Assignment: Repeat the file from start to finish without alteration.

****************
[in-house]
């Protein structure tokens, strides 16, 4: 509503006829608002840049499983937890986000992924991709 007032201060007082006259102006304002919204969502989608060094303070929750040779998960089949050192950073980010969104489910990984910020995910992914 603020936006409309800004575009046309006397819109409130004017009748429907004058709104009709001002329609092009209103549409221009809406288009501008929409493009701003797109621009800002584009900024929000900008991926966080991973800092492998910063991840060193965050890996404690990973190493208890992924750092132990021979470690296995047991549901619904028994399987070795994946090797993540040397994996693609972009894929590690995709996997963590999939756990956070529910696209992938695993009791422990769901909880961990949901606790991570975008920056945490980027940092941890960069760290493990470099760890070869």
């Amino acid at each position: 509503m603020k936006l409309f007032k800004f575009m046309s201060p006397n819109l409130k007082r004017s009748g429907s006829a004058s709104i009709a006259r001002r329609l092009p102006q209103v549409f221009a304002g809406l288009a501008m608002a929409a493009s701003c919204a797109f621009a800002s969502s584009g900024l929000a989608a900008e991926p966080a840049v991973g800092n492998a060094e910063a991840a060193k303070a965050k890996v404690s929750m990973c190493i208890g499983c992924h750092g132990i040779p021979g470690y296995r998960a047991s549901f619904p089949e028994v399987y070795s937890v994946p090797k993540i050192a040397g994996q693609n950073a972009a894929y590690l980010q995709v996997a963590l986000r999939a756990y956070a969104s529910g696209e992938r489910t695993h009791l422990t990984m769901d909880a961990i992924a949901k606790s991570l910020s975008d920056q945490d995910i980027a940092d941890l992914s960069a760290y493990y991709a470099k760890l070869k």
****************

[in-house]
């Protein structure tokens, strides 16, 4: 509503006829608002840049499983937890986000992924991709 007032201060007082006259102006304002919204969502989608060094303070929750040779998960089949050192950073980010969104489910990984910020995910992914 603020936006409309800004575009046309006397819109409130004017009748429907004058709104009709001002329609092009209103549409221009809406288009501008929409493009701003797109621009800002584009900024929000900008991926966080991973800092492998910063991840060193965050890996404690990973190493208890992924750092132990021979470690296995047991549901619904028994399987070795994946090797993540040397994996693609972009894929590690995709996997963590999939756990956070529910696209992938695993009791422990769901909880961990949901606790991570975008920056945490980027940092941890960069760290493990470099760890070869």
């Amino acid at each position: 509503m603020k936006l409309f007032k800004f575009m046309s201060p006397n819109l409130k007082r004017s009748g429907s006829a004058s709104i009709a006259r001002r329609l092009p102006q209103v549409f221009a304002g809406l288009a501008m608002a929409a493009s701003c919204a797109f621009a800002s969502s584009g900024l929000a989608a900008e991926p966080a840049v991973g800092n492998a060094e910063a991840a060193k303070a965050k890996v404690s929750m990973c190493i208890g499983c992924h750092g132990i040779p021979g470690y296995r998960a047991s549901f619904p089949e028994v399987y070795s937890v994946p090797k993540i050192a040397g994996q693609n950073a972009a894929y590690l980010q995709v996997a963590l986000r999939a756990y956070a969104s529910g696209e992938r489910t695993h009791l422990t990984m769901d909880a961990i992924a949901k606790s991570l910020s975008d920056q945490d995910i980027a940092d941890l992914s960069a760290y493990y991709a470099k760890l070869k």